Hey! Great thanks, we’re all very happy and excited right now.
Can you talk to us more about your latest single “Petrifaction”?
“Petrifaction” was the first song we wrote for the album. It was written before we even knew we’d be doing one, and it all started from there. We instantly knew where we wanted to take our sound when we wrote this song, and then we really honed in with the rest of the album.
Did any event in particular inspire you to write this song?
“Petrifaction” is a song about suffering with mental health. It’s an attempt of reaching out to Karma to ask what we did to deserve suffering with these kinds of things. It’s not about any event in particular, but about feeling trapped in your own negative cycle and the envy of others who are seemingly happy and content.
How was the filming process and experience behind the video?
It was a really cool video to shoot actually. We shot the video at two different speeds. The video flicks between real time, and a cryptic stop-motion-like shot. We had to play along to the song at 75% speed to get this, which was extremely strange as the song is already quite slow. Adam Webb did a great job with it!
The single comes off your new albumKarma Owes Me A Lifetime of Happiness– what’s the story behind the title?
It’s a concept album about Karma, and its existence/absence. I’ve always struggled to believe in Karma, as for the most part we only tend to see bad things happening to people we love the most. It’s a nice thought, to think that we all get what we deserve, and that we get back what we put in. But, I think for most people it’s a way of coping with the thought of what comes after we die. It’s not something I believe in. We aren’t saying it doesn’t exist, but I think it owes me and my friends something if indeed it does.
How was the recording and writing process?
We wrote KOMALOH over the course of a year. Me and Miles got together near enough every night and simply put any ideas we had onto a blank Logic project. Some days nothing would come out, some days full songs came out. We didn’t rush anything, and we didn’t force anything. We experimented, and didn’t set ourselves any limits. We recorded the album back in March with Bob Cooper in Leeds over the course of 2 weeks. We pretty much had all the songs finalised before heading into the studio, and that definitely made things easier.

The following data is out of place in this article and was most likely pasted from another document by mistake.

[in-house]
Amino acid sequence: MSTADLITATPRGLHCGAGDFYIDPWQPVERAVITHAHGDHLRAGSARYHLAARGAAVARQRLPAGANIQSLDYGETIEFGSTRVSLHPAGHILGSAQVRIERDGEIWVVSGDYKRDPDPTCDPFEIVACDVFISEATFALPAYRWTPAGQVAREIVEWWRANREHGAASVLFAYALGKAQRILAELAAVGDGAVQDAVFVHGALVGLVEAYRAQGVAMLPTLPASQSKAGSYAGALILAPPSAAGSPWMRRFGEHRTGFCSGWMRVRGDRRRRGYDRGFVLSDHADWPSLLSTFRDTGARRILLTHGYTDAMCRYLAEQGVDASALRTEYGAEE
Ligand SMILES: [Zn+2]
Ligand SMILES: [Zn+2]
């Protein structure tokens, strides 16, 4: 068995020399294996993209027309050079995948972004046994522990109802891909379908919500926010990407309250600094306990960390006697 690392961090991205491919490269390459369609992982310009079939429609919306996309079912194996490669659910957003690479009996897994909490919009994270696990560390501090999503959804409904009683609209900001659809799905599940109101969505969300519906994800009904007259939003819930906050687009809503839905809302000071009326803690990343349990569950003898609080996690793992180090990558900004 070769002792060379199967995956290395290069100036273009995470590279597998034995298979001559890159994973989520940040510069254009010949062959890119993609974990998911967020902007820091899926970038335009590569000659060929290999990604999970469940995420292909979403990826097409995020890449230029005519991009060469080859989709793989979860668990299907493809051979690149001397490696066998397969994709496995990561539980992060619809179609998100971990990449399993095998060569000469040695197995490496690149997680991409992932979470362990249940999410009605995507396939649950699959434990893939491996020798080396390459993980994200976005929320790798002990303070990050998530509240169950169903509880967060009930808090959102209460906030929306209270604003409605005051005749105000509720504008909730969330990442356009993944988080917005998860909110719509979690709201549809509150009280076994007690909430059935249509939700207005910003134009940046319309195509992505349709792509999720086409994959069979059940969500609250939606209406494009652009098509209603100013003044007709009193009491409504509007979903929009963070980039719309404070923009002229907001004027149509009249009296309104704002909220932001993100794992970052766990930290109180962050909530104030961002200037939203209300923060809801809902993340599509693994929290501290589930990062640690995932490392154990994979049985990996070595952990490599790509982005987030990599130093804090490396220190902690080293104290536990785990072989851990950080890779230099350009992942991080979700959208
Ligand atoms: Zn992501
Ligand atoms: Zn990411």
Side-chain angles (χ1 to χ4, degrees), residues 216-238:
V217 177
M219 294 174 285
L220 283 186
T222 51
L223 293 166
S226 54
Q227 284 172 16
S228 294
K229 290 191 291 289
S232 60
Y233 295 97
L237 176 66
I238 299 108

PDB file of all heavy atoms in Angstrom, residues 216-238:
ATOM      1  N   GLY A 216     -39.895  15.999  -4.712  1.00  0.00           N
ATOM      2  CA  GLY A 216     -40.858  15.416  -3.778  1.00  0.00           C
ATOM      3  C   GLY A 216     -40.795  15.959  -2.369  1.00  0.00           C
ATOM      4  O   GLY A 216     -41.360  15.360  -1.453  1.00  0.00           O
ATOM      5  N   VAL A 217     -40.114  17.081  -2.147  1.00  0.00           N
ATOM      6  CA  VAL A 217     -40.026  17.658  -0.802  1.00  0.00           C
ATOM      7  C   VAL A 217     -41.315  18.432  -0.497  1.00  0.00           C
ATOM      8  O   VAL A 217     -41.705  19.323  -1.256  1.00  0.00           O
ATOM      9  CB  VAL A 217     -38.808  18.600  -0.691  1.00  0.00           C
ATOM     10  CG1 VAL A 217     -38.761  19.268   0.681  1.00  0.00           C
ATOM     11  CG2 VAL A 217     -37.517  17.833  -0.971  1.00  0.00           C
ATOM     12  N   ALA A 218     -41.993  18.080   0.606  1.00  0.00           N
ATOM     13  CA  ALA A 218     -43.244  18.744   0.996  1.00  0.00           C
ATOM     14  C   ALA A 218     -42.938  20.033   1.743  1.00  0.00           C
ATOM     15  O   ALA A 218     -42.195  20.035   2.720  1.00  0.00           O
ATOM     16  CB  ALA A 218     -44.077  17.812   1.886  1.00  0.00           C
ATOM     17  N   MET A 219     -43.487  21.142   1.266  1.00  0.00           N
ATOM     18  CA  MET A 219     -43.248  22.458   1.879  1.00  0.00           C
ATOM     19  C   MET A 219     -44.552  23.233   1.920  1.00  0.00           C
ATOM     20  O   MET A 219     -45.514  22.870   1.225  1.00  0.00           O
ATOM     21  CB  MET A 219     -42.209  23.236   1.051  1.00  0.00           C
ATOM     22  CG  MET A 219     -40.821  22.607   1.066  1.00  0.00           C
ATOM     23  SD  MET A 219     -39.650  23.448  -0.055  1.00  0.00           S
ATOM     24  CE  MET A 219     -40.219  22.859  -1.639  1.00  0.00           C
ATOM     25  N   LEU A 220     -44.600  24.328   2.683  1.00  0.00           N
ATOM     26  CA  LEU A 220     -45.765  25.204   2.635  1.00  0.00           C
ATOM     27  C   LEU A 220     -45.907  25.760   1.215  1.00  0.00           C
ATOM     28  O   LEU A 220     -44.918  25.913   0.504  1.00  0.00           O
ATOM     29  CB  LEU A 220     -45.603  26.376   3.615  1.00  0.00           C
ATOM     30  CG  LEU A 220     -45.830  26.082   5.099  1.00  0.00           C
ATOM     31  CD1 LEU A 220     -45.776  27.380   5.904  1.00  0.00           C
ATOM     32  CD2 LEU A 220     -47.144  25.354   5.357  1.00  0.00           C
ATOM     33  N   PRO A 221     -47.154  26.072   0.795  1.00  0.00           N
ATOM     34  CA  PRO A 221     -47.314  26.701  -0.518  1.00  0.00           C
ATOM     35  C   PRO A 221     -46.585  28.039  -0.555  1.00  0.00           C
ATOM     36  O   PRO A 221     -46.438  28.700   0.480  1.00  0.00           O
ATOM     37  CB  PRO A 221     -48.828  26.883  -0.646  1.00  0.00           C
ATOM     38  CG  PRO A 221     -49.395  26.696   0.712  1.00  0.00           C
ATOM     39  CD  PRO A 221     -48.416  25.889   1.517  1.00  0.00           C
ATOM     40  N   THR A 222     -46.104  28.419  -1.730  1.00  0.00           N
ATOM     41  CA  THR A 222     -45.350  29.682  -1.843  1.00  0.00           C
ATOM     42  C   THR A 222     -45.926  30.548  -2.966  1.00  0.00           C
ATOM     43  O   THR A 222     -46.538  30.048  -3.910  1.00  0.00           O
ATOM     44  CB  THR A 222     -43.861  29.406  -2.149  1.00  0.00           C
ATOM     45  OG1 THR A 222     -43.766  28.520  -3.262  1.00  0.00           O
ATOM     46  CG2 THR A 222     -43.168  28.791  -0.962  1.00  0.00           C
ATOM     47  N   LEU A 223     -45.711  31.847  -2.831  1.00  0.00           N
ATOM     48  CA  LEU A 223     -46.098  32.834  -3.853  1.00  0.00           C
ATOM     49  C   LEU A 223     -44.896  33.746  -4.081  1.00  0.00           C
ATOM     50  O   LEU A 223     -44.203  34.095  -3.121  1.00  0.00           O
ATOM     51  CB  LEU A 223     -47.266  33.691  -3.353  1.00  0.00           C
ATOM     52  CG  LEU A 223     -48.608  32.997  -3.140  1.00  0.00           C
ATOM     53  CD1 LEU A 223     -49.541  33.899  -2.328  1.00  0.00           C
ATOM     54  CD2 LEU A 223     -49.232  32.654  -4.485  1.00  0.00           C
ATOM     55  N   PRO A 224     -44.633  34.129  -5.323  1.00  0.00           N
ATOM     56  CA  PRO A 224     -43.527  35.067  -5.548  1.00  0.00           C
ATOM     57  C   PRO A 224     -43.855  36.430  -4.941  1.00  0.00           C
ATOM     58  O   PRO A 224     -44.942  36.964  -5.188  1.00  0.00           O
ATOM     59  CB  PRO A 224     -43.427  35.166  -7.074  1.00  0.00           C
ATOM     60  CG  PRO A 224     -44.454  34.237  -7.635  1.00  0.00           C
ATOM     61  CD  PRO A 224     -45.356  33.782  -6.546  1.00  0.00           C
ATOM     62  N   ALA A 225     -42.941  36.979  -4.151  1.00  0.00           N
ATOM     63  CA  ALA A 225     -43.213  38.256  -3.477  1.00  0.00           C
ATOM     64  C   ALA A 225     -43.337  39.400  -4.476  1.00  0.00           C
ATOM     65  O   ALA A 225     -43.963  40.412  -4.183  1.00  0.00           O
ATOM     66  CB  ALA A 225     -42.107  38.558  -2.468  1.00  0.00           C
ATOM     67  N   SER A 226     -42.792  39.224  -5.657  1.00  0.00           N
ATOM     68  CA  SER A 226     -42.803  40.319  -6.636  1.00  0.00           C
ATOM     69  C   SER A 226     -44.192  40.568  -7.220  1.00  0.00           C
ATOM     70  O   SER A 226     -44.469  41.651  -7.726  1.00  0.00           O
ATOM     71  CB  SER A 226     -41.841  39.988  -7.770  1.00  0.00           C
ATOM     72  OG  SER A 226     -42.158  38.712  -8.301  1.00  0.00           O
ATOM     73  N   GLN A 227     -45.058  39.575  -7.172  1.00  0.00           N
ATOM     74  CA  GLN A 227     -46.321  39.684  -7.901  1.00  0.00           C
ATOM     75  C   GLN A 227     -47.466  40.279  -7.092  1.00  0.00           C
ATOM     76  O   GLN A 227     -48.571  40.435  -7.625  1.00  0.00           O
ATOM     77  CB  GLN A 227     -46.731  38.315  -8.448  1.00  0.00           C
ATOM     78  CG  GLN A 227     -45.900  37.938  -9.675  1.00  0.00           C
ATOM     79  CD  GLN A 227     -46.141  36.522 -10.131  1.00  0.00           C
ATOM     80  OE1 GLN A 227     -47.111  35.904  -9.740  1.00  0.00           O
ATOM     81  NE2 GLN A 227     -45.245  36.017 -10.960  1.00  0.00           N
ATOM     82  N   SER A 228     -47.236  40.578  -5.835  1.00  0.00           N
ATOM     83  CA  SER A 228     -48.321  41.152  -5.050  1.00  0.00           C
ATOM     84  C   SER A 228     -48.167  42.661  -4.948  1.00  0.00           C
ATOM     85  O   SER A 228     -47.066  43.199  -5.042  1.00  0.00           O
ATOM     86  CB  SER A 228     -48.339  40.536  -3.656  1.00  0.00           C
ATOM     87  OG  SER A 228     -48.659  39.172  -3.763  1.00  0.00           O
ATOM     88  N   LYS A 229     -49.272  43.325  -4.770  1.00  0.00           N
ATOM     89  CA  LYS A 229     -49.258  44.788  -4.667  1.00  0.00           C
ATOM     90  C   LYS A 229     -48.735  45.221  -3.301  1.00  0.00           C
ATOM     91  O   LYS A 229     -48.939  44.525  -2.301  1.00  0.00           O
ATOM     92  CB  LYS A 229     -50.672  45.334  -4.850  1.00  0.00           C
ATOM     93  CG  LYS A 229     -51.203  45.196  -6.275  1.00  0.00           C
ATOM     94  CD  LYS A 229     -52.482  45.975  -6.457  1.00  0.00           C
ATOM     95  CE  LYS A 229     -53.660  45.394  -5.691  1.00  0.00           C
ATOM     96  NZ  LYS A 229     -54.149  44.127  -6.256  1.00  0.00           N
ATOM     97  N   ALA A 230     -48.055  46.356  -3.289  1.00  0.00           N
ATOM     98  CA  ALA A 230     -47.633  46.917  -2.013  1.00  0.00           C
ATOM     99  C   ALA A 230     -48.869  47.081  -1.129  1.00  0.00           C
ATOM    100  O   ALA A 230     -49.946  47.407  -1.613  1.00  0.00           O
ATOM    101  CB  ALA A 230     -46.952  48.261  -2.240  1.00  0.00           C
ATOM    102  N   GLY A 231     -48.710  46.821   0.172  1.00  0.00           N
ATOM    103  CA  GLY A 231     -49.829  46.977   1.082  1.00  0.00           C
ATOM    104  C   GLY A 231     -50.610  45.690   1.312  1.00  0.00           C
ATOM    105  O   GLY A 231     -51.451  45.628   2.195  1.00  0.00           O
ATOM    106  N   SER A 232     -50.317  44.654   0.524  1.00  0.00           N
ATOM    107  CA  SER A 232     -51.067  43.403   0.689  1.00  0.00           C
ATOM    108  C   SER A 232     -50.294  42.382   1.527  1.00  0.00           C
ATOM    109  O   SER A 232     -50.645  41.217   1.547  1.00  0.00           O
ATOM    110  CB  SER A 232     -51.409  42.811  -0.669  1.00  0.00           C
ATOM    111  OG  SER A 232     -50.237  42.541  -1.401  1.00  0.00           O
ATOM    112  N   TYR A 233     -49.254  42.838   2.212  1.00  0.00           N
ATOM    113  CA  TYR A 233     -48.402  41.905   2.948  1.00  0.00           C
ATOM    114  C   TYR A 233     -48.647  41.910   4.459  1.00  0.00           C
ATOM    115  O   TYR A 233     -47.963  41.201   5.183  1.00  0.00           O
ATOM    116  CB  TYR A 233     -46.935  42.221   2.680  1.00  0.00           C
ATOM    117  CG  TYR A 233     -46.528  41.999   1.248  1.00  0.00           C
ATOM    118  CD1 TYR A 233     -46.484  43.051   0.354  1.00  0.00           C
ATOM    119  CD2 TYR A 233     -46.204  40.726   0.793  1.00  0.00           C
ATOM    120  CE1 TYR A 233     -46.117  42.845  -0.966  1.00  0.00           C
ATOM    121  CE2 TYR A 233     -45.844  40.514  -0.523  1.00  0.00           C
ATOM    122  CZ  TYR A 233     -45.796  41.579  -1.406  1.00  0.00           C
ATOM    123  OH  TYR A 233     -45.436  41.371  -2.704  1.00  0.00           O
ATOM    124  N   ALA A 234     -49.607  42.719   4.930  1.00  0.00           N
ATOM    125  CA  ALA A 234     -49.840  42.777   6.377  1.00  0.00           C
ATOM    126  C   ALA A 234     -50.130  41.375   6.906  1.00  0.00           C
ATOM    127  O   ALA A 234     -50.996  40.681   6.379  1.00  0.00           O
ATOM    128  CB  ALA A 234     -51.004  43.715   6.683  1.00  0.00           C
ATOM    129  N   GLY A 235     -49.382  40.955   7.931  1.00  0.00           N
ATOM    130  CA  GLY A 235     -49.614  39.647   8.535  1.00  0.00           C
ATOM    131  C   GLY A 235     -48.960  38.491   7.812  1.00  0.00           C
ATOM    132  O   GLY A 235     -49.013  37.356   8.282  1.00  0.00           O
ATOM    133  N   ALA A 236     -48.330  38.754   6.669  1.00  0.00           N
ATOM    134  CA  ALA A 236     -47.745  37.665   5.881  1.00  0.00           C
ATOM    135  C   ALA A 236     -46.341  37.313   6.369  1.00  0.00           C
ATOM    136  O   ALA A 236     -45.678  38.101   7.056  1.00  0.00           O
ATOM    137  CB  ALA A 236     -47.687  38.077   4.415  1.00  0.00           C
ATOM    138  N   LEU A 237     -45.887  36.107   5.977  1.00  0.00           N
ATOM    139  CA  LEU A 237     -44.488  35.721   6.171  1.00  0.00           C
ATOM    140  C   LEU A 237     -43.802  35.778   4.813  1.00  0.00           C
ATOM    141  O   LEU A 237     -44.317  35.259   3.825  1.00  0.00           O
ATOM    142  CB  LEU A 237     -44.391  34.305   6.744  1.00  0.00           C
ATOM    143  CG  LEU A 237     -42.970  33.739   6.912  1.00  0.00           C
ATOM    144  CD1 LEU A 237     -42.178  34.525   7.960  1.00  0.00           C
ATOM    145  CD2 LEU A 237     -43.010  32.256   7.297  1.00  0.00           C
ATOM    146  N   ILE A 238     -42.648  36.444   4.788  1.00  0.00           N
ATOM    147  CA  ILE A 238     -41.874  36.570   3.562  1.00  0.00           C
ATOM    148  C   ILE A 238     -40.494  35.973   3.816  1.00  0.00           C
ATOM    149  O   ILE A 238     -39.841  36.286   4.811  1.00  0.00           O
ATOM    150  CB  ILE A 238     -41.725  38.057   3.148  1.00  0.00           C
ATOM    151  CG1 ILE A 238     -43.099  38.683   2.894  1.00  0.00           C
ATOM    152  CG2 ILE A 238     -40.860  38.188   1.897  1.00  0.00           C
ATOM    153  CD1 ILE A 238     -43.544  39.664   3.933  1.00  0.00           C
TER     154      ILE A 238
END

What role does Nottingham play in your music?
I wouldn’t say it plays a part in our music, as I think we would’ve written the same songs wherever we came from. We definitely owe Nottingham something for its support and culture around music and arts, though. Shows are always great there, and we have a lot of friends here.
How Balance & Composure and Citizen has influence your writing?
We’ve always been huge fans of both of these bands. The album definitely pays homage to these kinds of bands; it’s a lot grittier, heavier, and grungier than anything we’ve done before. As I said we didn’t really set any limits with this release, so there are all kinds of styles of music blended together.
What aspect of karma and happiness did you get to explore on this record?
Well, to be honest, it’s a pretty bleak and dark record, lyrically. It’s kind of depressing to read them, but that’s what I wanted. I wanted the lyrics to stand up on their own as pieces of art that you could read and relate to. It’s generally about a complete negation of happiness, and looking to something you don’t believe in, to help in times of desperation.
Any plans to hit the road?
We have some things locked in for the end of the year that will be announced shortly. Other than that, January is probably gonna be a great month…
What else is happening next in Catch Fire’s world?